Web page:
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Career and Education Opportunities for Electromechanical Equipment Assemblers in Jacksonville, Florida

For those living in the Jacksonville, Florida area, there are many career and education opportunities for electromechanical equipment assemblers. About 2,840 people are currently employed as electromechanical equipment assemblers in Florida. By 2016, this is expected to shrink by 1% to about 2,810 people employed. This is better than the national trend for electromechanical equipment assemblers, which sees this job pool shrinking by about 10.3% over the next eight years. Electromechanical equipment assemblers generally assemble or modify electromechanical equipment or devices, such as servomechanisms, gyros, and appliances.

Income for electromechanical equipment assemblers is about $12 hourly or $25,130 per year on average in Florida. Nationally, their income is about $14 per hour or $29,360 yearly. Incomes for electromechanical equipment assemblers are not quite as good as in the overall category of Assembling and Fabrication in Florida, and better than the overall Assembling and Fabrication category nationally.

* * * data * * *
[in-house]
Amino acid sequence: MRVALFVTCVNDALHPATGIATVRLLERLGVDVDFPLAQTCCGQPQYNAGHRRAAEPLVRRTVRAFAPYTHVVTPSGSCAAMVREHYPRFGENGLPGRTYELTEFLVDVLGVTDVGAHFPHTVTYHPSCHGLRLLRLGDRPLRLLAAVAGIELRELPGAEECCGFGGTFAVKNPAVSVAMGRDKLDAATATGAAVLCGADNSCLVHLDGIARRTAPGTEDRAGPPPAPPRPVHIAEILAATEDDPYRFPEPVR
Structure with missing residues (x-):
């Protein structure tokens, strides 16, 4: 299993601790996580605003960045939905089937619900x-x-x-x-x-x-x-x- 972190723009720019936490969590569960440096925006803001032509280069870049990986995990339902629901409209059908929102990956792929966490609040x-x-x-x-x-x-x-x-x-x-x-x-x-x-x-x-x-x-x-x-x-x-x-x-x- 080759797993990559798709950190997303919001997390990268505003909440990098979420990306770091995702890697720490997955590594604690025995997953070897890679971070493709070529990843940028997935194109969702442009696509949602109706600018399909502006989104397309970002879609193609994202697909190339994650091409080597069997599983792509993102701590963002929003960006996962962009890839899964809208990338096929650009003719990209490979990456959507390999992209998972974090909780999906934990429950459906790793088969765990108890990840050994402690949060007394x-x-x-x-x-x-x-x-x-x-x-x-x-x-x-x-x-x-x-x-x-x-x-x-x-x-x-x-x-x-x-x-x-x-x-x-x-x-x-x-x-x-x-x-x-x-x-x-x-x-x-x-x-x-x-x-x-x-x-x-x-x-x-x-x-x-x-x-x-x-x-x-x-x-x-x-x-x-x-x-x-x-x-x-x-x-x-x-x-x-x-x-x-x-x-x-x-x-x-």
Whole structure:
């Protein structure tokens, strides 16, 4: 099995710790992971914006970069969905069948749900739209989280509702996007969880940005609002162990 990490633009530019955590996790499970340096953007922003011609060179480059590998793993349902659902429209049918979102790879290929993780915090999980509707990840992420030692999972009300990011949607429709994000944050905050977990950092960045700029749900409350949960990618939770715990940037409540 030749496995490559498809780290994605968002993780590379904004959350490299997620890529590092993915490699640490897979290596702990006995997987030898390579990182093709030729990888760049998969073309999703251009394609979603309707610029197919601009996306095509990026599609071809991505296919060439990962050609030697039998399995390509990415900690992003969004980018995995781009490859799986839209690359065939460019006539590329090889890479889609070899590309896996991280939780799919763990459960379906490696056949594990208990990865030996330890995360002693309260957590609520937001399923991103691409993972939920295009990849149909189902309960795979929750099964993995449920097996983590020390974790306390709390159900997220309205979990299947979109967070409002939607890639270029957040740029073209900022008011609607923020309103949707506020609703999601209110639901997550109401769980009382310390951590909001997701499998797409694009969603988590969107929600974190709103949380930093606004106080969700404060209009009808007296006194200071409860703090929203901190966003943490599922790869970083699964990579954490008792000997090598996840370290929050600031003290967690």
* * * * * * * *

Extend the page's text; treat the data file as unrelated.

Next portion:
The Jacksonville area is home to thirty-three schools of higher education, including one within twenty-five miles of Jacksonville where you can get a degree as an electromechanical equipment assembler. Given that the most common education level for electromechanical equipment assemblers is a high school diploma or GED, you can expect to spend only a short time studying to be an electromechanical equipment assembler if you already have a high school diploma.

CAREER DESCRIPTION: Electromechanical Equipment Assembler

Electromechanical Equipment Assembler video from the State of New Jersey Dept. of Labor and Workforce Development

In general, electromechanical equipment assemblers assemble or modify electromechanical equipment or devices, such as servomechanisms, gyros, and appliances.

Electromechanical equipment assemblers assemble components or units, and position, align, and fasten units to assemblies or frames, using hand tools and power tools. They also connect cables and wiring, according to given requirements. Finally, electromechanical equipment assemblers position and adjust components for proper fit and assembly.